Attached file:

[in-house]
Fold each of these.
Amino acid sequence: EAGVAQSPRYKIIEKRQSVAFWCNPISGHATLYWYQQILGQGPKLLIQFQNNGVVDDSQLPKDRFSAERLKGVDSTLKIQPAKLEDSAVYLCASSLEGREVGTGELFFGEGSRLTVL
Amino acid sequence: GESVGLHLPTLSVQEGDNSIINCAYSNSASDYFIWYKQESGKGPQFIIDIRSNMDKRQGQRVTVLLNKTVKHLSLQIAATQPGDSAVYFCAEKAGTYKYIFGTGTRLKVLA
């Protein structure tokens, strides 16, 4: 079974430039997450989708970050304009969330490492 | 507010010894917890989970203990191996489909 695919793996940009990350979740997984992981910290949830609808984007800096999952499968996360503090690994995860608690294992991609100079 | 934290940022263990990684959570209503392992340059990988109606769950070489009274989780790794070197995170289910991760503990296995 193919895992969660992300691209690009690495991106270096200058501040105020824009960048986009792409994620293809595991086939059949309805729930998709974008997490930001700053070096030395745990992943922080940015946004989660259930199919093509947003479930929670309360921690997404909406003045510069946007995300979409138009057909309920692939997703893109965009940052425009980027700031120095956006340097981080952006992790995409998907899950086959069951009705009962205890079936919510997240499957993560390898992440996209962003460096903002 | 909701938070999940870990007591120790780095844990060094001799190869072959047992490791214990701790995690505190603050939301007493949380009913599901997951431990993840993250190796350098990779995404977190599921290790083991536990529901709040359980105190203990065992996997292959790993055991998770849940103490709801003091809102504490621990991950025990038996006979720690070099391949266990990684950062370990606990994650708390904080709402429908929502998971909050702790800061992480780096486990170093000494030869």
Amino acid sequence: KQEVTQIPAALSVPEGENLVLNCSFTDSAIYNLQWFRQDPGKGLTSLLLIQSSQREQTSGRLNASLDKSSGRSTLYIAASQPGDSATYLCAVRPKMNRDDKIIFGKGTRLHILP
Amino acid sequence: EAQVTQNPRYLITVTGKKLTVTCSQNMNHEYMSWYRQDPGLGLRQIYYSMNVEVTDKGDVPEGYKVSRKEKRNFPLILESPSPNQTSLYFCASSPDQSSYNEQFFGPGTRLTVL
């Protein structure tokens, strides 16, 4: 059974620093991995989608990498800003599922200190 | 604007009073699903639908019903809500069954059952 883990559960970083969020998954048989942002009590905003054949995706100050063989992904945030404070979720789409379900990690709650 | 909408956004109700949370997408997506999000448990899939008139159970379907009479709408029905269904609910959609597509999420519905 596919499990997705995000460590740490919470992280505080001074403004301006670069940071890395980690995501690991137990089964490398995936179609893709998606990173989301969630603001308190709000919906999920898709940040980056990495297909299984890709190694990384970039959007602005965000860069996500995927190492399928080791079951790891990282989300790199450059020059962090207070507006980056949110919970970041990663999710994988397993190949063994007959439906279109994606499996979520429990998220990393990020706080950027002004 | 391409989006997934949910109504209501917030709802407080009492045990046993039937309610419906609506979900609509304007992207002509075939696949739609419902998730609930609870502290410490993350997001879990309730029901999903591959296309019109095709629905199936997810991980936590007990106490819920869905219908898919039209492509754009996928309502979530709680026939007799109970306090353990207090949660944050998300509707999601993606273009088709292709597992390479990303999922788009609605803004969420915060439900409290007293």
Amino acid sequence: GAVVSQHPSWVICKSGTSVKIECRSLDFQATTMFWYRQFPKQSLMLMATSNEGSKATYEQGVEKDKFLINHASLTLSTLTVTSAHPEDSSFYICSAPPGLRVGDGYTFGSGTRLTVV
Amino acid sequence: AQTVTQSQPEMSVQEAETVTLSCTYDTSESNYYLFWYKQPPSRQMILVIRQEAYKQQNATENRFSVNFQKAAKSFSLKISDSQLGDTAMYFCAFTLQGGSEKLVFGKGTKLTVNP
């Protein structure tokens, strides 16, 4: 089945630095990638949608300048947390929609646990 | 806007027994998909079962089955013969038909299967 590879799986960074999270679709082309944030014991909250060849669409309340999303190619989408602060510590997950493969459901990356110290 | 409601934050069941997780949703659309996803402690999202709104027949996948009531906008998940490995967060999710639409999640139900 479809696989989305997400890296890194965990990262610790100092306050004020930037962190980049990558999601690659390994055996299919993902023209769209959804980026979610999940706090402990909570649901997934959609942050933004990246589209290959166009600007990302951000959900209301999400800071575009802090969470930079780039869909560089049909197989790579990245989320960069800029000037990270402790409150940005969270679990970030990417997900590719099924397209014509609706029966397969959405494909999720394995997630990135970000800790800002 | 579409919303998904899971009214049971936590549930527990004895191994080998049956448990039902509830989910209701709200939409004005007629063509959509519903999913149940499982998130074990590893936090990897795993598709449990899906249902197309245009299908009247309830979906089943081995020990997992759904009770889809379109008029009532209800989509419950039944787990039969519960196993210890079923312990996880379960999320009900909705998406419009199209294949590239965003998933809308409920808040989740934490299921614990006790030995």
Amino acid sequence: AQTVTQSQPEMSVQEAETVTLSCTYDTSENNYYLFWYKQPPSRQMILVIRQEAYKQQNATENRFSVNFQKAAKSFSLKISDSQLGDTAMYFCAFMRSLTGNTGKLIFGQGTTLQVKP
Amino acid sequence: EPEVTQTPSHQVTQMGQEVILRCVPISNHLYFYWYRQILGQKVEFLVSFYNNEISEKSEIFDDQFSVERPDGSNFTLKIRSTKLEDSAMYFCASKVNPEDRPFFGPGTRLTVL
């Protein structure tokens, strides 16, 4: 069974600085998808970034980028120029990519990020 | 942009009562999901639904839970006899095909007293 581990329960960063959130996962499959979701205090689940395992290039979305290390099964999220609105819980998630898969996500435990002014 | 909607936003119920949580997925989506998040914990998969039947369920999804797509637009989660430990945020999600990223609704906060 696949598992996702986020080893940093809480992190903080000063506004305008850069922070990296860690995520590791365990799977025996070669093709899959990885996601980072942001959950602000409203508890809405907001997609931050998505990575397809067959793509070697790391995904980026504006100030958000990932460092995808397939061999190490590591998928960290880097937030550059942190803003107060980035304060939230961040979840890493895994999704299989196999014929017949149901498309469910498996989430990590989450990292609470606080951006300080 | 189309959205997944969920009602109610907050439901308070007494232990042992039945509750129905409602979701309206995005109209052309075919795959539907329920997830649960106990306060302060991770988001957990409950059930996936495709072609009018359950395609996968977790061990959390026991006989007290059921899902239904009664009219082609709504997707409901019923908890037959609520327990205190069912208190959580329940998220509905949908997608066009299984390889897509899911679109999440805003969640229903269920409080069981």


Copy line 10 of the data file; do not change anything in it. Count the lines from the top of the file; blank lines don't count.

Amino acid sequence: AQTVTQSQPEMSVQEAETVTLSCTYDTSESNYYLFWYKQPPSRQMILVIRQEAYKQQNATENRFSVNFQKAAKSFSLKISDSQLGDTAMYFCAFTLQGGSEKLVFGKGTKLTVNP